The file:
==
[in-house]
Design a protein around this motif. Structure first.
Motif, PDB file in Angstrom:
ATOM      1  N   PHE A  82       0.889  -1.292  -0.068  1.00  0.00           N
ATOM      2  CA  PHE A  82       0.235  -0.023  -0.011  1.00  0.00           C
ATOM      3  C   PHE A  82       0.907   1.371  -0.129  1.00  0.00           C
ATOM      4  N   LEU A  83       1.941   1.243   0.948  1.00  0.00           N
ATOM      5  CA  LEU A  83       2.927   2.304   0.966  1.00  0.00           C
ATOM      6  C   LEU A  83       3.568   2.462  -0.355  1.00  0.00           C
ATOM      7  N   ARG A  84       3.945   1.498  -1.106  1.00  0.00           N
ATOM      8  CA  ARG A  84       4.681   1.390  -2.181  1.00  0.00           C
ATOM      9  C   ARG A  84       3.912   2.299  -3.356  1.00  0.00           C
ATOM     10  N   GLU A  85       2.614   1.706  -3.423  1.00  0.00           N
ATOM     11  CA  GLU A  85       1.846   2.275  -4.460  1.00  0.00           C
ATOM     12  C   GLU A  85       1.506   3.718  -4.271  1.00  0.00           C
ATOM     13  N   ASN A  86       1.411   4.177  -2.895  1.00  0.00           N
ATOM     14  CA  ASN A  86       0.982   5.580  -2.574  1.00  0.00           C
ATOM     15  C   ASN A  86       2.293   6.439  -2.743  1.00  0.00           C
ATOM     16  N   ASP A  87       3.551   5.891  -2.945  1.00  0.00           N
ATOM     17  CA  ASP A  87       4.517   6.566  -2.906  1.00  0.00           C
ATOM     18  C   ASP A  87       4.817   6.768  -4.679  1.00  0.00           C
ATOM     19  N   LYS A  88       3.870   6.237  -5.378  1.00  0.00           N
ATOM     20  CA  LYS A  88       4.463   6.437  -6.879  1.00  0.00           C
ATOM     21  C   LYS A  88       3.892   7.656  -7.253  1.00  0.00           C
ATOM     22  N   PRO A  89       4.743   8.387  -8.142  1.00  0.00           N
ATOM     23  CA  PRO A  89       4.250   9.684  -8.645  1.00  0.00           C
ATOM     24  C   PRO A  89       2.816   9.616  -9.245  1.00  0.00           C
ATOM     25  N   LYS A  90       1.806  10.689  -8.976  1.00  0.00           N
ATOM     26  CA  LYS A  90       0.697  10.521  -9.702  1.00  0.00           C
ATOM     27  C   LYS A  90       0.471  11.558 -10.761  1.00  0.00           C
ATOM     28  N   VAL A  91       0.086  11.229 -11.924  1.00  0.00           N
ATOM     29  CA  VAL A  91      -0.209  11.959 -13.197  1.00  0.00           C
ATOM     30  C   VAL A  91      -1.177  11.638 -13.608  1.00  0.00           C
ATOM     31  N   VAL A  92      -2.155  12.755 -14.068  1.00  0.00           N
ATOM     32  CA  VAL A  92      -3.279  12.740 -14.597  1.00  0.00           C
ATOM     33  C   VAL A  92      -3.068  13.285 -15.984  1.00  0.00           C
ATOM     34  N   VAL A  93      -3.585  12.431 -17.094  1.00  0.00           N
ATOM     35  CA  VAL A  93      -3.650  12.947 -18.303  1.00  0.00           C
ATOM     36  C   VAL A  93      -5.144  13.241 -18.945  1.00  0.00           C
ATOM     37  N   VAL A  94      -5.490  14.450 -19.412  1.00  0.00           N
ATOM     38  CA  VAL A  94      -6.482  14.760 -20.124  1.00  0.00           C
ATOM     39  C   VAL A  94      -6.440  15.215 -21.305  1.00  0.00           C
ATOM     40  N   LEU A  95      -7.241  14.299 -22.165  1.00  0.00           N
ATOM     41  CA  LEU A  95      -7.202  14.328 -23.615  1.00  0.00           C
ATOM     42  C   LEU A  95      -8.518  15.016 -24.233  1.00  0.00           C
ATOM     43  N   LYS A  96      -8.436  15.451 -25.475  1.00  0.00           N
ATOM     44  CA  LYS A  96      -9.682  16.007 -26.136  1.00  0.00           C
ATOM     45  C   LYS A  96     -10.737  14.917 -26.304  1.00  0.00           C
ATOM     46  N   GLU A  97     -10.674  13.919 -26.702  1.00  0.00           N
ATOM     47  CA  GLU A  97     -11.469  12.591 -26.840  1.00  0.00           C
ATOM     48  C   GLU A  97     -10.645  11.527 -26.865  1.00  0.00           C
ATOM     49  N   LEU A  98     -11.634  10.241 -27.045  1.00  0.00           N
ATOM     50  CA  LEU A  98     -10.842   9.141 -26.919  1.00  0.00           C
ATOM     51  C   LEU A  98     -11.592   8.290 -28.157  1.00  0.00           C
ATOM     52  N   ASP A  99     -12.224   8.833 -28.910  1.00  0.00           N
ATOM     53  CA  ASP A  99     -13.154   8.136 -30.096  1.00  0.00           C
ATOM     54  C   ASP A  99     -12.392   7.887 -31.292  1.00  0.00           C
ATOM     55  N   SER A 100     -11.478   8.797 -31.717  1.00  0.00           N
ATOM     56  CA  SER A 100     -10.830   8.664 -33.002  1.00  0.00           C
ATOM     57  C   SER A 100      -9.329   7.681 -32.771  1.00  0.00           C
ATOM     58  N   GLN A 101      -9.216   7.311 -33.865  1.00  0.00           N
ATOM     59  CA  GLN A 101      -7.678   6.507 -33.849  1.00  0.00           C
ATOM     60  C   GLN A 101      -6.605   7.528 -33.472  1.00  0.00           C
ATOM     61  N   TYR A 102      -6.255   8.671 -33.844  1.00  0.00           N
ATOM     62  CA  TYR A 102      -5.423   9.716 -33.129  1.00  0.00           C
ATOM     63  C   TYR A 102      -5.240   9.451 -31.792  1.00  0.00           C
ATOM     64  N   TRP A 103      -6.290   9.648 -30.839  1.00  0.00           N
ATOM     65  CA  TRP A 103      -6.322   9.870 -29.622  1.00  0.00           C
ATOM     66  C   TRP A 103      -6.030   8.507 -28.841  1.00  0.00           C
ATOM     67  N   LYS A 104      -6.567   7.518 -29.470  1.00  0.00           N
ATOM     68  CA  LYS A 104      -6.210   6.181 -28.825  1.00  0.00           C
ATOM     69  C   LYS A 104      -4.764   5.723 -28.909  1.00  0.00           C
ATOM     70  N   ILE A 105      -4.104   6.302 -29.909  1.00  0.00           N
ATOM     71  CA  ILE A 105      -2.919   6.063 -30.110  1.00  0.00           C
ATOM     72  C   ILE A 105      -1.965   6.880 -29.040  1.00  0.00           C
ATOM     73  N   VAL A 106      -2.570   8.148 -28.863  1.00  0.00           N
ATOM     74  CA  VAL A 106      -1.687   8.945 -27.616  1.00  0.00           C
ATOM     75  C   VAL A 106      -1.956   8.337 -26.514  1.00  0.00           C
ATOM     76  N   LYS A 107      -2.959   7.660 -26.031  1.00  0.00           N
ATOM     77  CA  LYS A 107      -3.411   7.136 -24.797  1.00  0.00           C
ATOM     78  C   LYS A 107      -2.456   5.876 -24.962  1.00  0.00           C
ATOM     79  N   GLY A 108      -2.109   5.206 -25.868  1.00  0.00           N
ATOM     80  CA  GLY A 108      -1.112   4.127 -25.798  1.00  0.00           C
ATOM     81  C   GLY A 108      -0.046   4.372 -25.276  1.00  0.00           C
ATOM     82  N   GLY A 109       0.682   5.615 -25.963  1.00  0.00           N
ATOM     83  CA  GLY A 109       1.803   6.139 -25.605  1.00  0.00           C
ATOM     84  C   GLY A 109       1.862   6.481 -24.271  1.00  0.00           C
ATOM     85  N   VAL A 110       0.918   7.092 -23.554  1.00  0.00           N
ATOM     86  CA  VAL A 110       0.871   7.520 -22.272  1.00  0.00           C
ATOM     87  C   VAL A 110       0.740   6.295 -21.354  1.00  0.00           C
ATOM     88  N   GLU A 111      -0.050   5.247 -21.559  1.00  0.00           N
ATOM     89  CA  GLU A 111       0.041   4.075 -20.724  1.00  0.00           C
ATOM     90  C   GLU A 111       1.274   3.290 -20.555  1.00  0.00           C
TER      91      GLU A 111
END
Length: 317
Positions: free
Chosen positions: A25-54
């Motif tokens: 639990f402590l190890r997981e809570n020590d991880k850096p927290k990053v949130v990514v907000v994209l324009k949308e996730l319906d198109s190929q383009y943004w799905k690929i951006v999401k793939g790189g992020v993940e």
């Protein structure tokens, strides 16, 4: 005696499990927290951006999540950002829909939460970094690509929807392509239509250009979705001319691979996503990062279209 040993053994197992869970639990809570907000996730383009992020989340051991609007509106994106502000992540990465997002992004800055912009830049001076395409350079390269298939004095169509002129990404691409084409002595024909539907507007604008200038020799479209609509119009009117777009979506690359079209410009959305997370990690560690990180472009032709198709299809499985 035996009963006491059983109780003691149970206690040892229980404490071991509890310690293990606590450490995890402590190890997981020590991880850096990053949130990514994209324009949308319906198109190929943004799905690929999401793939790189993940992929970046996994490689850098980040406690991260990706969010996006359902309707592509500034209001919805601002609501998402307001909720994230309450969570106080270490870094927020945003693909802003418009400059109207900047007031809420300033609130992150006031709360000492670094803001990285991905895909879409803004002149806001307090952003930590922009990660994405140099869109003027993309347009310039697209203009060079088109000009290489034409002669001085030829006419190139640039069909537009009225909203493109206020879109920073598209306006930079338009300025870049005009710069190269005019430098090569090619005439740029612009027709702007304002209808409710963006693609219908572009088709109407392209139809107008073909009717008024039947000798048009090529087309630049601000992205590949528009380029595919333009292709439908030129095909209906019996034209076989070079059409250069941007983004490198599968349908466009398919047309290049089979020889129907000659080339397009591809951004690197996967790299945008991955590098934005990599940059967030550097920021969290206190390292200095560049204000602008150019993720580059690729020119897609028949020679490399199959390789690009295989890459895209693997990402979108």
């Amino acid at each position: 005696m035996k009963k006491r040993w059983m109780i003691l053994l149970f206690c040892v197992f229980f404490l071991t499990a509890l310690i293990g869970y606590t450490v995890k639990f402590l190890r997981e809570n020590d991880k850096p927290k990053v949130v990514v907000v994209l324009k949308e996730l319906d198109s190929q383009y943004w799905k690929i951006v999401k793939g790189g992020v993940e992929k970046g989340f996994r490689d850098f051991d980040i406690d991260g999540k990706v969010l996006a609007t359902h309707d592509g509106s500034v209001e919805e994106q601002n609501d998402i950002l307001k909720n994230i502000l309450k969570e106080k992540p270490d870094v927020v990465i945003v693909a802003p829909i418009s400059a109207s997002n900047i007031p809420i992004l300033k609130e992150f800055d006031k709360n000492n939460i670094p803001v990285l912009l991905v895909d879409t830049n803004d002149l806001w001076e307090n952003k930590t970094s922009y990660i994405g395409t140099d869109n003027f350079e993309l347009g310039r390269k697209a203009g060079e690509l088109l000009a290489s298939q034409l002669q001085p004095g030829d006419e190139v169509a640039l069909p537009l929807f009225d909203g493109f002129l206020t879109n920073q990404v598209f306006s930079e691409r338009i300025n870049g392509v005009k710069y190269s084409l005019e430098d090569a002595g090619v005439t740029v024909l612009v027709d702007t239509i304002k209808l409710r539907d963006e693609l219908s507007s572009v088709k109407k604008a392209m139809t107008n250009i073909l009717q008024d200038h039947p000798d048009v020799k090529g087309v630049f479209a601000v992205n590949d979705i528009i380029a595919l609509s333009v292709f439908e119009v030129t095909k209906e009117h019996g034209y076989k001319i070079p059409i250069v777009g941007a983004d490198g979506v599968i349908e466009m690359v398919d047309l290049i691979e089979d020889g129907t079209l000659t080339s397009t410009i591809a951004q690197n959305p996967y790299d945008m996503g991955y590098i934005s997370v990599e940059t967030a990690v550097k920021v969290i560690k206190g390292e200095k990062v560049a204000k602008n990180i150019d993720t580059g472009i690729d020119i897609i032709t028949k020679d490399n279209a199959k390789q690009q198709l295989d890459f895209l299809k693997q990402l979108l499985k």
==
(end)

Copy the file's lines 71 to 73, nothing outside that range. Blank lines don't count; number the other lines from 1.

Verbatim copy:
ATOM     68  CA  LYS A 104      -6.210   6.181 -28.825  1.00  0.00           C
ATOM     69  C   LYS A 104      -4.764   5.723 -28.909  1.00  0.00           C
ATOM     70  N   ILE A 105      -4.104   6.302 -29.909  1.00  0.00           N